Sticks and stones may break Malema's bones... but maybe not
- Carien du Plessis
- 27 Aug 2011 (South Africa)
ANC Youth League leader Julius Malema has delivered what could be his political swansong, warning the ANC’s disciplinarian elders “the ANC is not a pig, it will never eat its own children”. CARIEN DU PLESSIS could almost smell the flesh burning.
It was short notice: On Friday morning the charged ANC Youth League spokesman Floyd Shivambu sent out an email saying the (charged) ANC Youth League president Julius Malema was to address the Young Women’s Assembly in honour of Albertina Sisulu (a Youth League event, co-sponsored, apparently, by the National Youth Development Agency and the department of trade and industry). On Friday evening around 21:00, Juju was rolling.
The atmosphere was, well, charged, the speech, which came in under an hour, relatively short.
Bladdie agents had to divert themselves from an ANC fundraising dinner in Pretoria’s Burgerspark Hotel, where deputy president Kgalema Motlanthe was to address diplomats, to the St George’s Hotel in Centurion, where Malema was kind of on time for once (the League’s statement erroneously had a much, much earlier time than the one at which Malema arrived).
He started by trying to stick to a prepared speech (so as to avoid problems, he dryly explained), in which he quoted liberally from Nelson Mandela’s autobiographical “Long Walk to Freedom”.
“People must never lie when they talk politics. They must never create an impression that the Nelson Mandela generation was different from this generation. There is nothing your generation is doing that the Nelson Mandela generation didn’t do,” he said.
The parallels between the League of today and that of the 1940s are telling: Mandela and the youngsters wanted the ANC to be more militant, AB Xuma resisted and chased the youngsters out of his house, accusing them of being “arrogant” and “disrespectful”. The young women in the audience sniggered knowingly.
The youngsters then went and chose a different candidate, James Moroka, lobbied for him overnight and he was elected.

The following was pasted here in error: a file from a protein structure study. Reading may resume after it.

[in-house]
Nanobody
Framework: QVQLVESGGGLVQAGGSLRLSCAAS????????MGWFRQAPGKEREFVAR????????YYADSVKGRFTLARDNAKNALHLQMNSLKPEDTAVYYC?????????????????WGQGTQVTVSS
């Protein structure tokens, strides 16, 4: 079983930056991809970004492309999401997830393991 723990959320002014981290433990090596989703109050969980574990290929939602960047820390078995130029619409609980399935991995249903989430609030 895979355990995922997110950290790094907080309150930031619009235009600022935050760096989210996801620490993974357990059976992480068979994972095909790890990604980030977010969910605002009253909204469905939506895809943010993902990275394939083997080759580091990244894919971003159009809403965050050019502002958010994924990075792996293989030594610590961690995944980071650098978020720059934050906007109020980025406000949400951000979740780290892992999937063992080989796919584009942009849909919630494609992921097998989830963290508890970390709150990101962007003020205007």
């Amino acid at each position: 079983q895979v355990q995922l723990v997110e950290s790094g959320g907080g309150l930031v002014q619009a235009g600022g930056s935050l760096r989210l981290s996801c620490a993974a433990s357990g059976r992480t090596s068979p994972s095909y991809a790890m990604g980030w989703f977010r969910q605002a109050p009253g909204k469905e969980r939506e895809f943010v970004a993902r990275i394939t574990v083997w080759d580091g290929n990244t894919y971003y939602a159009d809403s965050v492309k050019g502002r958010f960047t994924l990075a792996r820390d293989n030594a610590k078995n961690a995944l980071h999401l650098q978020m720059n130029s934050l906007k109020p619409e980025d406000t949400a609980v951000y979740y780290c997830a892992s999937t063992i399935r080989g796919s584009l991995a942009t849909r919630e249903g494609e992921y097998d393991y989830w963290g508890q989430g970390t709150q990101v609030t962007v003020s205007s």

He almost had us convinced. Malema’s history was later corrected by defence minister Lindiwe Sisulu (she attended to accept an honour on behalf of her deceased mother, Albertina) in her speech, which followed Malema’s. Sisulu reminded Malema that Moroka in his acceptance speech said he was glad to be leader of the African National Council (instead of Congress). Madiba regretted this decision taken in anger and said never again.
Malema’s speech became more defiant, defending Winnie Mandela’s revolutionary self, and then he moved on to his new idol, former president Thabo Mbeki, who “had the chance to learn from a woman like Albertina Sisulu. Till today Mbeki is one of the best revolutionaries ever produced by the movement. When in power the only mistake he committed was to want more power, but naturally, you can’t take brains of Thabo away from him. That capacity Thabo did not get it from university, he got it from the ANC, from people like Mama Albertina Sisulu.”
Malema then really hit top gear and said:
An attack on him was an attack on the “struggle for economic revolution”.
The issues on which the ANC wants to discipline him are really the ideas/resolutions of the League and not of one individual. “Individuals can come and go, but the revolution must remain. You cannot arrest it. Engage the idea. Play the ball and not the man. Let’s engage the ideas of the ANCYL. Let’s engage the resolutions of the ANCYL,” he said.
What the Youth League is going through is a “contestation of the outcomes of the (League’s June elective) congress, both in leadership and from a policy point of view. Since that congress the Youth League has never had peace because people have never accepted the outcome of the congress.”